10.5 cm leFH 18/40

From Wikipedia, the free encyclopedia
Jump to: navigation, search
10.5 cm leFH 18/40
Bundesarchiv Bild 101I-675-7927-25A, Ostfront, leichte Feldhaubitze in Feuerstellung.jpg
The leFH 18/40 on a fire mission on the Eastern Front
Type Howitzer
Place of origin Nazi Germany
Service history
In service 1942–45
Used by  Nazi Germany
Finland Finland
Wars World War II
Production history
Designed 1942
Produced 1942–45
Number built 10,265[1]
Specifications
Weight 1,955 kg (4,311 lbs)
Length 2.94 m (9 ft 8 in)
Barrel length 2.71 m (8 ft 11 in)

Shell cased separate-loading (6 charges)
Caliber 105 mm (4.13 in)
Breech horizontal sliding block
Recoil hydropneumatic
Carriage split trail
Elevation -6° to +40°
Traverse 56°
Rate of fire 6-8 rpm
Muzzle velocity 540 m/s (1,772 ft/s)
Effective firing range 12,325 m (13,479 yds)

The 10.5 cm leFH 18/40 (German: leichte Feldhaubitze "light field howitzer") was a German light howitzer used in the Second World War.

History[edit]

A 10.5 cm leFH 18 being drawn in Italy

The 10.5 cm leFH 18/40 supplemented the 10.5 cm leFH 18 and the 10.5 cm leFH 18M as the standard divisional field howitzer used during the Second World War. It was designed in an effort to lighten the weight of the 105 mm artillery piece and to make it easier to produce. Generally it did not equip independent artillery battalions until after the Battle of Stalingrad in 1943. Some were also exported to Finland, where they were known as 105 H 33-40.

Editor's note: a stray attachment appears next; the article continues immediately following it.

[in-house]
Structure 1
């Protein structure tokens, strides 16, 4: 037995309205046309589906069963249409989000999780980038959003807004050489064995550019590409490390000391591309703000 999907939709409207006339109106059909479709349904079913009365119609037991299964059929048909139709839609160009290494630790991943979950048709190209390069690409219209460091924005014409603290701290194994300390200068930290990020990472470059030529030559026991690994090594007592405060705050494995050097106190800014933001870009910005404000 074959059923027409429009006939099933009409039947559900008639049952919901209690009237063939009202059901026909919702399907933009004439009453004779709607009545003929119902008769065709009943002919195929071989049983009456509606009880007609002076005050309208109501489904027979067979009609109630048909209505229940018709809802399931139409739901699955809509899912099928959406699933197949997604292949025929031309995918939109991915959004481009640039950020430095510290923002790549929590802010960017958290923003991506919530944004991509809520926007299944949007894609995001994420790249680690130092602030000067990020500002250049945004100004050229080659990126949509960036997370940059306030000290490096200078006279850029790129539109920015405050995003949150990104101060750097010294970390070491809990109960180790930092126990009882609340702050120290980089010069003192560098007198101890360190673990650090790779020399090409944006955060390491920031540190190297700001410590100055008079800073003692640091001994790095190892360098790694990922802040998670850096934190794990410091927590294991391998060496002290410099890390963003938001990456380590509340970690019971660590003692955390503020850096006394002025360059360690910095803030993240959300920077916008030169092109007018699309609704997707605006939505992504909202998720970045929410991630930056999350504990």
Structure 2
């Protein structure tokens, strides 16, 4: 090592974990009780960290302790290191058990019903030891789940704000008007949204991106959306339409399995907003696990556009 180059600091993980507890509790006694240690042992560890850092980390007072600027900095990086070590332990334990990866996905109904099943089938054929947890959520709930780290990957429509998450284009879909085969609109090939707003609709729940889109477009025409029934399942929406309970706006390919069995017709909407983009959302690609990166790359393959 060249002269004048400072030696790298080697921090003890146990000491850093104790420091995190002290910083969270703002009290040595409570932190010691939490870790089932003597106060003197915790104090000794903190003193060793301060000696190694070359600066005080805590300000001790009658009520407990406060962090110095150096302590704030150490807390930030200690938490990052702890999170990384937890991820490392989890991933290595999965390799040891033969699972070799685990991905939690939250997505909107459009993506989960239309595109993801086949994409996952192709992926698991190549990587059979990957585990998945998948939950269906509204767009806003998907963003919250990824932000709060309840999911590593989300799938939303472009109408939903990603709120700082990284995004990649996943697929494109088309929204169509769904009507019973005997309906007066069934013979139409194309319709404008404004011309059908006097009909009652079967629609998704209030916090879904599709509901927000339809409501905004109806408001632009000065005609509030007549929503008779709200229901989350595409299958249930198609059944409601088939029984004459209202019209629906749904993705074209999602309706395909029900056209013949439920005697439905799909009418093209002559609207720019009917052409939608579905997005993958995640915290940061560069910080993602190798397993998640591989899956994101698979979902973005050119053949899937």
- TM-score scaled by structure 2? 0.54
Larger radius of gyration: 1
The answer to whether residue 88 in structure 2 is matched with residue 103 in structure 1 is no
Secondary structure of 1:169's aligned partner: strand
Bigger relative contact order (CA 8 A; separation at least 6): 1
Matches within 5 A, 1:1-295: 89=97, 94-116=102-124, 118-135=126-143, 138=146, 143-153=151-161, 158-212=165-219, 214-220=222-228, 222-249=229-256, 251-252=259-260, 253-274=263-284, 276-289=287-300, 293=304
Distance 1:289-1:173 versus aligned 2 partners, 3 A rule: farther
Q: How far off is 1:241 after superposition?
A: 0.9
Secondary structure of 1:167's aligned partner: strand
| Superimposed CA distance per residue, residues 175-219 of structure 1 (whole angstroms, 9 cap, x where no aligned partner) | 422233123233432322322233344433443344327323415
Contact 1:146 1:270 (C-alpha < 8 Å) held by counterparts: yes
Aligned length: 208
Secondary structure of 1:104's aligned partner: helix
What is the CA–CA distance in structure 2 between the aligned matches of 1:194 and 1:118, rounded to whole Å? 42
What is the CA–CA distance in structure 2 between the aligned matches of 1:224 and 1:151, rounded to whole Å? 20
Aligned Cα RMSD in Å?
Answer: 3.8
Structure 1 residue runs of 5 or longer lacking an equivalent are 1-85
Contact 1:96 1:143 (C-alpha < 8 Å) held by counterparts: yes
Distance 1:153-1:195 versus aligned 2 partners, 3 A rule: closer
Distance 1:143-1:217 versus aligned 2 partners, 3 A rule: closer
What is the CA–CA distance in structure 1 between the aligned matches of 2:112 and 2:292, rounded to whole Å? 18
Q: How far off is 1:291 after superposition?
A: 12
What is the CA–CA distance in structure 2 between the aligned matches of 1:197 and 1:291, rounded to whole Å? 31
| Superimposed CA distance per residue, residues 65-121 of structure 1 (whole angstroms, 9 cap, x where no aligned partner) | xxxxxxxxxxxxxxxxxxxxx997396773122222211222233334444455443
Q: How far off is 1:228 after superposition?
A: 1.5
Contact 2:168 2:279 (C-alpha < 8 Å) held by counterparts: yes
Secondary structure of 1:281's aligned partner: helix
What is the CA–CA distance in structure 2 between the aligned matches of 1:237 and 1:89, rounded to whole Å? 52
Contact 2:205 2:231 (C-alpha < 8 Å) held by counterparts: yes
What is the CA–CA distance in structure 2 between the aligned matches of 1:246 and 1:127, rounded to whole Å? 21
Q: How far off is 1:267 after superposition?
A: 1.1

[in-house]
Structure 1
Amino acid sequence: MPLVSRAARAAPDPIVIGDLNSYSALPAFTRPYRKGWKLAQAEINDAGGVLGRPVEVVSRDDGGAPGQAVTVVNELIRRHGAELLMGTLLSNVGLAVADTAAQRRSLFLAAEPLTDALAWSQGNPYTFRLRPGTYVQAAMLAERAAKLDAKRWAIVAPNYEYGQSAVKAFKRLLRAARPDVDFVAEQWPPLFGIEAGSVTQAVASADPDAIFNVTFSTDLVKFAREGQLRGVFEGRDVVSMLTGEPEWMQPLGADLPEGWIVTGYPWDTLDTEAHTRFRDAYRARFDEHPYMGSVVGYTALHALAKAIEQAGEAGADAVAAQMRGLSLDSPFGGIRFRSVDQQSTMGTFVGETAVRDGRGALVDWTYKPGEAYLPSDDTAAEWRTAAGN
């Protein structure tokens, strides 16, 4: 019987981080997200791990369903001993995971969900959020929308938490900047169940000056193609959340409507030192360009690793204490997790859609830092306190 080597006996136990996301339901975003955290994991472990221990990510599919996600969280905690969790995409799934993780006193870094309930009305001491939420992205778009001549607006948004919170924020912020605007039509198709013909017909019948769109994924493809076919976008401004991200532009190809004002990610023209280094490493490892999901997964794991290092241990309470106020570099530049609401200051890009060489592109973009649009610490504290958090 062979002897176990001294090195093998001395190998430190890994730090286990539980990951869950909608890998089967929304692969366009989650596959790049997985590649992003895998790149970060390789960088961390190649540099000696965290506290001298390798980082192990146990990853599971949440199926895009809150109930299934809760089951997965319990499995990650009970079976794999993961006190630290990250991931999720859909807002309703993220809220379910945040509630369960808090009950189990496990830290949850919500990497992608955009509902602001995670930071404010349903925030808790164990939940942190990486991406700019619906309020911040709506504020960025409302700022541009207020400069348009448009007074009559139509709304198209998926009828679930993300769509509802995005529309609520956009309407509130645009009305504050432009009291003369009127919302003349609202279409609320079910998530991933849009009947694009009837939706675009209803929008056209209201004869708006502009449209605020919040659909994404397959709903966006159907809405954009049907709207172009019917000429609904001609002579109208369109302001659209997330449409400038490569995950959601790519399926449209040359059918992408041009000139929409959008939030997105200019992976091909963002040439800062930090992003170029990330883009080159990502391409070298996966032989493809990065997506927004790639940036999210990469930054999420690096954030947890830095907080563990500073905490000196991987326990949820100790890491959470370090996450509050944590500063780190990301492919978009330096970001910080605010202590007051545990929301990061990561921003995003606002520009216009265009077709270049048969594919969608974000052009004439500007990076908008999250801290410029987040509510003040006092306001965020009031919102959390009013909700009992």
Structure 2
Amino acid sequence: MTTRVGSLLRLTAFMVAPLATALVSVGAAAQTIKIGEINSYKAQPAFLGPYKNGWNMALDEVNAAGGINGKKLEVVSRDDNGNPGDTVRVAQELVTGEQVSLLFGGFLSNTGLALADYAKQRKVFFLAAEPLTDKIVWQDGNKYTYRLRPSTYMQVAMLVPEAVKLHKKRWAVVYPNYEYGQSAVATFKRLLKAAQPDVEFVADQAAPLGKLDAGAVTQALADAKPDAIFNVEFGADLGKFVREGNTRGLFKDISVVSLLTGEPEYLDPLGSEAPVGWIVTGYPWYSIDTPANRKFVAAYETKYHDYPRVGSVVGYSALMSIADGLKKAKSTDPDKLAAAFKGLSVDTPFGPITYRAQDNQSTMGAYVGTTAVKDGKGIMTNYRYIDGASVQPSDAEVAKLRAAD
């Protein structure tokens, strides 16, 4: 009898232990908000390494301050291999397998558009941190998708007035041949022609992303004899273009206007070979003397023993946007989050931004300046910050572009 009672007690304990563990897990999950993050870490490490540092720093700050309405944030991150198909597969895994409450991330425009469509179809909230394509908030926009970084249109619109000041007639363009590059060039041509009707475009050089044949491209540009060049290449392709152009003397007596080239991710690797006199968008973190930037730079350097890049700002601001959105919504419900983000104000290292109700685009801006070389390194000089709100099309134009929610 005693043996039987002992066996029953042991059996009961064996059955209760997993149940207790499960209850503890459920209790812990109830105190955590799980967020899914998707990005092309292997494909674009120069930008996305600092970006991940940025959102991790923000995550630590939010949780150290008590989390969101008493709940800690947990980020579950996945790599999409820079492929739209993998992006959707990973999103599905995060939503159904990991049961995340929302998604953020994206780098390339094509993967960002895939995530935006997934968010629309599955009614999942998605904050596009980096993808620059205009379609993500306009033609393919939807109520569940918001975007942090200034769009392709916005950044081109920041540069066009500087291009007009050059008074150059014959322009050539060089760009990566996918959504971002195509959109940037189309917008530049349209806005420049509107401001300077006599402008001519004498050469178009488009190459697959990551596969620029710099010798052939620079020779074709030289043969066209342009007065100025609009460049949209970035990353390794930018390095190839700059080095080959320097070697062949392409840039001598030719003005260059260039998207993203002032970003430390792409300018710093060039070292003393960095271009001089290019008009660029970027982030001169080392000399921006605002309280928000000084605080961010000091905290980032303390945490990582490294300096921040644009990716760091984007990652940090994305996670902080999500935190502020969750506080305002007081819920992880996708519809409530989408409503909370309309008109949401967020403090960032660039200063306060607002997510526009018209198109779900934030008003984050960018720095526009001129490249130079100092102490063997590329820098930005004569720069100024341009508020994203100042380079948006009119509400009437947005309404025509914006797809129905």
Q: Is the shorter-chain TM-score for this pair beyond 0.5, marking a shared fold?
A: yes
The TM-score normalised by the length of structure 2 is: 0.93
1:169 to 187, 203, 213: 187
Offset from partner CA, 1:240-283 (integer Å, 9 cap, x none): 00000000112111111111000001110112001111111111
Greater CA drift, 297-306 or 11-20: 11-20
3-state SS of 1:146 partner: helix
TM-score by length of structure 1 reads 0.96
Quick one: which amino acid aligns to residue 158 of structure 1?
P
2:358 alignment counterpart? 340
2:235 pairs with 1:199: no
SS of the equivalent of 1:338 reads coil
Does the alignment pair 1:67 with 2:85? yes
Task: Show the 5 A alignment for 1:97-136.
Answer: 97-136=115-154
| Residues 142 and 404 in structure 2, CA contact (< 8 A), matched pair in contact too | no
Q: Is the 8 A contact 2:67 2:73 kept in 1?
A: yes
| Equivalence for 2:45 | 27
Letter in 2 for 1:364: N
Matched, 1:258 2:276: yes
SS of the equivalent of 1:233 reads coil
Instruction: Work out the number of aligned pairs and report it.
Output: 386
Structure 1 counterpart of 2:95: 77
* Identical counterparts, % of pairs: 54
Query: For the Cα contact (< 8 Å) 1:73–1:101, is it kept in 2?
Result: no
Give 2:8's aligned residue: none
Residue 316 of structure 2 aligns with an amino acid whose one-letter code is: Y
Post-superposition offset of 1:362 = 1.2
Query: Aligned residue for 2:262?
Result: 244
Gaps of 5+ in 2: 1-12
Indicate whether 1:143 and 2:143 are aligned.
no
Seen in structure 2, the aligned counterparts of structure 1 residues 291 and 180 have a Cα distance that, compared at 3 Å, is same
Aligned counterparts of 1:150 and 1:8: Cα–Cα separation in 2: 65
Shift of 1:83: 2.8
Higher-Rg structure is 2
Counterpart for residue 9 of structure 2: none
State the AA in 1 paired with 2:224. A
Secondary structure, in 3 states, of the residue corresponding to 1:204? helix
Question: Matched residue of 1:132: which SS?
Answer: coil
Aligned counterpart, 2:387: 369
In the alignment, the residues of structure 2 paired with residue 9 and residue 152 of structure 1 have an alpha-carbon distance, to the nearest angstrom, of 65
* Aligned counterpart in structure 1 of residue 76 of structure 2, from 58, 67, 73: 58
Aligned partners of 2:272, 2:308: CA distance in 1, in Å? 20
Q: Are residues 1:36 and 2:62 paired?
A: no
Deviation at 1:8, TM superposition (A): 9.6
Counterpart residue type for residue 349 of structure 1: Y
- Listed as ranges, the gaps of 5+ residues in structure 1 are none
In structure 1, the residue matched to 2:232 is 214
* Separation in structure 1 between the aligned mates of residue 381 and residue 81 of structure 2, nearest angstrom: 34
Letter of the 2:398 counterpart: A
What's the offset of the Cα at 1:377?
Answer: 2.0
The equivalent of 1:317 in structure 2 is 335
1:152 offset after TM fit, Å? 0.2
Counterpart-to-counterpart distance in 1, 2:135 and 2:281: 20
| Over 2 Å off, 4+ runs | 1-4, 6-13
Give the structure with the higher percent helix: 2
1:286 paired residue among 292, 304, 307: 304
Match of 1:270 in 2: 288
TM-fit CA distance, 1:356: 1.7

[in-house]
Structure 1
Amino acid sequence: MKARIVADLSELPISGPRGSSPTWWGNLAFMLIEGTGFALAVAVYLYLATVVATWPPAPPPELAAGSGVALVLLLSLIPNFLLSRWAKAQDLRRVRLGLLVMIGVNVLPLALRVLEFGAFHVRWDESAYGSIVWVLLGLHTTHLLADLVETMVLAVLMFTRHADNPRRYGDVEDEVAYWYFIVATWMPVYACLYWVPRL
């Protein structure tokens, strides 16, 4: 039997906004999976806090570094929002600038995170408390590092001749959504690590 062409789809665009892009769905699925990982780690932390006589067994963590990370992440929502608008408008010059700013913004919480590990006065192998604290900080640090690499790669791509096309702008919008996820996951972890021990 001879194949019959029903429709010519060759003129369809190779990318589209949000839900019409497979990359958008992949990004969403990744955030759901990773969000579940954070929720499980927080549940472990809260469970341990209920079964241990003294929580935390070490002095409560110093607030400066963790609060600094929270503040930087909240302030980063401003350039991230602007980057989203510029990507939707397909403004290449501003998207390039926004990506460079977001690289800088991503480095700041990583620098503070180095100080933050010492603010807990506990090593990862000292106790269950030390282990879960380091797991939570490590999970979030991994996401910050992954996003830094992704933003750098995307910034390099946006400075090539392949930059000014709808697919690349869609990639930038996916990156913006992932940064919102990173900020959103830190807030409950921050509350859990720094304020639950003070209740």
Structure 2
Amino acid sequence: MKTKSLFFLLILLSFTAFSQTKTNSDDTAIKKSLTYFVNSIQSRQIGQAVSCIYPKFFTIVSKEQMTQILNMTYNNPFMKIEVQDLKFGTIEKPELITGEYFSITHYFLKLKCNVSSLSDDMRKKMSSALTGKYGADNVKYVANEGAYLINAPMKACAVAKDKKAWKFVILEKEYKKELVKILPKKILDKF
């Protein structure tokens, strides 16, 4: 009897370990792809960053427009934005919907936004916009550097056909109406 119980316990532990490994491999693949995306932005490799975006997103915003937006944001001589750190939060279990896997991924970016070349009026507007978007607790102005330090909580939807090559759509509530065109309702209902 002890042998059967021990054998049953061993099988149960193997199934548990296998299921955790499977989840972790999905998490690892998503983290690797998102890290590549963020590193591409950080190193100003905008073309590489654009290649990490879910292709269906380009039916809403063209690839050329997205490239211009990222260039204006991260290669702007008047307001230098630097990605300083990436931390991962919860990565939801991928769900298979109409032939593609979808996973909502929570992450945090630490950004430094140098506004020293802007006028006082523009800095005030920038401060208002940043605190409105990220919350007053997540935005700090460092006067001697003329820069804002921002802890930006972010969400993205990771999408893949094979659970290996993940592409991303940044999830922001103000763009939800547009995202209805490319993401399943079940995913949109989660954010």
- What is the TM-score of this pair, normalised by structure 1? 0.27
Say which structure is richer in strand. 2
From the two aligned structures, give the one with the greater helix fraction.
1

Description[edit]

The leFH 18/40 howitzer in a concealed firing position in Italy, 1944.

In March 1942 a requirement was issued for a lighter howitzer by the Wehrmacht that must also be ready as soon as possible and capable of rapid production. This requirement was met by mounting the barrel of the leFH 18M on the carriage for a 7.5 cm PaK 40 antitank gun. The new carriage used torsion bars running the full length of the carriage to suspend the wheels. The original wheels of the PaK 40 mounting were too small for use by the howitzer and were replaced by larger pressed-steel wheels with solid rubber tires. The new mounting increased the rate of fire as well as making the howitzer somewhat lighter. The leFH 18/40 shared the different muzzle brakes used by the leFH 18M.

See also[edit]

References[edit]

  1. ^ [1]Das Deutsche Reich und der Zweite Weltkrieg, vol. 5, part 1.
  • Engelmann, Joachim and Scheibert, Horst. Deutsche Artillerie 1934-1945: Eine Dokumentation in Text, Skizzen und Bildern: Ausrüstung, Gliederung, Ausbildung, Führung, Einsatz. Limburg/Lahn, Germany: C. A. Starke, 1974
  • Gander, Terry and Chamberlain, Peter. Weapons of the Third Reich: An Encyclopedic Survey of All Small Arms, Artillery and Special Weapons of the German Land Forces 1939-1945. New York: Doubleday, 1979 ISBN 0-385-15090-3
  • Hogg, Ian V. German Artillery of World War Two. 2nd corrected edition. Mechanicsville, PA: Stackpole Books, 1997 ISBN 1-85367-480-X